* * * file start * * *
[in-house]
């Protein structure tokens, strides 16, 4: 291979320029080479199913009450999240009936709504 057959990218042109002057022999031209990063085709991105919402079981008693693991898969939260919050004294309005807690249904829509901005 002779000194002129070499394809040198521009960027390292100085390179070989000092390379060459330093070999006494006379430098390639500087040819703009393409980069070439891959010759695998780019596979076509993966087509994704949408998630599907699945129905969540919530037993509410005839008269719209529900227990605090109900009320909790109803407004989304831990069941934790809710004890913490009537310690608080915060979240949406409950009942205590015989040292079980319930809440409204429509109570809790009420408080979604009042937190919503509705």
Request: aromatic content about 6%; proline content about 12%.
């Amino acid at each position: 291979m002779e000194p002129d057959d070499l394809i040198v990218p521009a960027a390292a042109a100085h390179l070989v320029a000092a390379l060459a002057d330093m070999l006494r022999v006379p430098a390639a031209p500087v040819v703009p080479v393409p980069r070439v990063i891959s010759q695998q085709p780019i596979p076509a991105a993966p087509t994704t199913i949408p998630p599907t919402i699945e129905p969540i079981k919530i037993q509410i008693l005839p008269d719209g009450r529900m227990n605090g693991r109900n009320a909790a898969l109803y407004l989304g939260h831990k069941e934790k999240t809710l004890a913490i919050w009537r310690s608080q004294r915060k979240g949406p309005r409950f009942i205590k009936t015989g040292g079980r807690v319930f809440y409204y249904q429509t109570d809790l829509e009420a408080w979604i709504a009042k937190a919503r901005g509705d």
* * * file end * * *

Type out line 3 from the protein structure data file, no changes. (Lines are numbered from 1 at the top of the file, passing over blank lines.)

Request: aromatic content about 6%; proline content about 12%.